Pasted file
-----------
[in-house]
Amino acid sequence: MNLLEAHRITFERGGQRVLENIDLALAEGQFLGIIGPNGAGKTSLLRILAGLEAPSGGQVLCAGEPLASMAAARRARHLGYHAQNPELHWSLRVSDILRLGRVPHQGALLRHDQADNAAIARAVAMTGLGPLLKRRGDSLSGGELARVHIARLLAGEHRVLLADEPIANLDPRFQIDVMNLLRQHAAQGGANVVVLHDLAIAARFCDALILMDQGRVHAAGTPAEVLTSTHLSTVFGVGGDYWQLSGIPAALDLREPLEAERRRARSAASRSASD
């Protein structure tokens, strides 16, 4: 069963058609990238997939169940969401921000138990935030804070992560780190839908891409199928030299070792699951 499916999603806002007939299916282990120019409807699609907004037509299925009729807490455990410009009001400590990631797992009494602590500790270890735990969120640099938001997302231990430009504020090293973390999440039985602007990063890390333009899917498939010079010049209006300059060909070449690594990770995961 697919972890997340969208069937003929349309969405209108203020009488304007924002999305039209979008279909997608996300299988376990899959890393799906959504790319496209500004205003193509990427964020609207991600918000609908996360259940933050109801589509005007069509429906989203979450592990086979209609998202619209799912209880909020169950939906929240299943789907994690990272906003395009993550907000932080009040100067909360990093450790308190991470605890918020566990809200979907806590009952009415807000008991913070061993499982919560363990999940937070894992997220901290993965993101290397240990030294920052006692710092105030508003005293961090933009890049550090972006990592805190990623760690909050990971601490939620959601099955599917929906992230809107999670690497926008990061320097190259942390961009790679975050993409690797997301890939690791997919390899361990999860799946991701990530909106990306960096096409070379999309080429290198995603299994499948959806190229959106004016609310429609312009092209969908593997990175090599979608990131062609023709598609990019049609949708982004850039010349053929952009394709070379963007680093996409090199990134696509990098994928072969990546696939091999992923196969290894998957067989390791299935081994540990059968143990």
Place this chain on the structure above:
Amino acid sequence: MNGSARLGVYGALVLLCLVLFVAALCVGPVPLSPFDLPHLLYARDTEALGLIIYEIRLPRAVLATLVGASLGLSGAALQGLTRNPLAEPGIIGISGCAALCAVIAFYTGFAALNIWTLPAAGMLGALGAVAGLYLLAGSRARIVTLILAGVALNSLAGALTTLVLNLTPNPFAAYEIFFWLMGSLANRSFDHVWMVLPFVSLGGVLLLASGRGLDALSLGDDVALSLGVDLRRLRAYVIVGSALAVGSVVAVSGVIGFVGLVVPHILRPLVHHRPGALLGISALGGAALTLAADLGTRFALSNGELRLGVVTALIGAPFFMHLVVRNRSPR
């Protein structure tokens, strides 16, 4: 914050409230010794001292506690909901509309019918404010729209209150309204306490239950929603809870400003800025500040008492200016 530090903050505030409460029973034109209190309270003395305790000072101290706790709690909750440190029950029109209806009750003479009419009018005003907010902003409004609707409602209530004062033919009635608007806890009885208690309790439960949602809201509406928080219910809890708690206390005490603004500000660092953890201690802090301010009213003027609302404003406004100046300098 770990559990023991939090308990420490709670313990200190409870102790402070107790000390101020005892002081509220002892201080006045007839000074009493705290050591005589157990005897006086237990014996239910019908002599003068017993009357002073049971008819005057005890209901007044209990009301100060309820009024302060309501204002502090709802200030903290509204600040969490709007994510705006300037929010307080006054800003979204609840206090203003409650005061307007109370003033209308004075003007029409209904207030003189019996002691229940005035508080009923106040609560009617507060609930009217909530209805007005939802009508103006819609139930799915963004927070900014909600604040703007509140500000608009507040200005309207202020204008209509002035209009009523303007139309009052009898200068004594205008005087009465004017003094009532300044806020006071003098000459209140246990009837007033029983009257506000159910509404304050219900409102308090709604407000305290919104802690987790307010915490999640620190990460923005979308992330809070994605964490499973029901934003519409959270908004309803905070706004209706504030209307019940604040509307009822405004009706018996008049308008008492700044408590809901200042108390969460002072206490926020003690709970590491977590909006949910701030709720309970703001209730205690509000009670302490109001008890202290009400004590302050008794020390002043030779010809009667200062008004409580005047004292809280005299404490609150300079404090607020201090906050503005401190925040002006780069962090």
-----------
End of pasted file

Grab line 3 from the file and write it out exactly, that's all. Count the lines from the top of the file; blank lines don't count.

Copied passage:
């Protein structure tokens, strides 16, 4: 069963058609990238997939169940969401921000138990935030804070992560780190839908891409199928030299070792699951 499916999603806002007939299916282990120019409807699609907004037509299925009729807490455990410009009001400590990631797992009494602590500790270890735990969120640099938001997302231990430009504020090293973390999440039985602007990063890390333009899917498939010079010049209006300059060909070449690594990770995961 697919972890997340969208069937003929349309969405209108203020009488304007924002999305039209979008279909997608996300299988376990899959890393799906959504790319496209500004205003193509990427964020609207991600918000609908996360259940933050109801589509005007069509429906989203979450592990086979209609998202619209799912209880909020169950939906929240299943789907994690990272906003395009993550907000932080009040100067909360990093450790308190991470605890918020566990809200979907806590009952009415807000008991913070061993499982919560363990999940937070894992997220901290993965993101290397240990030294920052006692710092105030508003005293961090933009890049550090972006990592805190990623760690909050990971601490939620959601099955599917929906992230809107999670690497926008990061320097190259942390961009790679975050993409690797997301890939690791997919390899361990999860799946991701990530909106990306960096096409070379999309080429290198995603299994499948959806190229959106004016609310429609312009092209969908593997990175090599979608990131062609023709598609990019049609949708982004850039010349053929952009394709070379963007680093996409090199990134696509990098994928072969990546696939091999992923196969290894998957067989390791299935081994540990059968143990």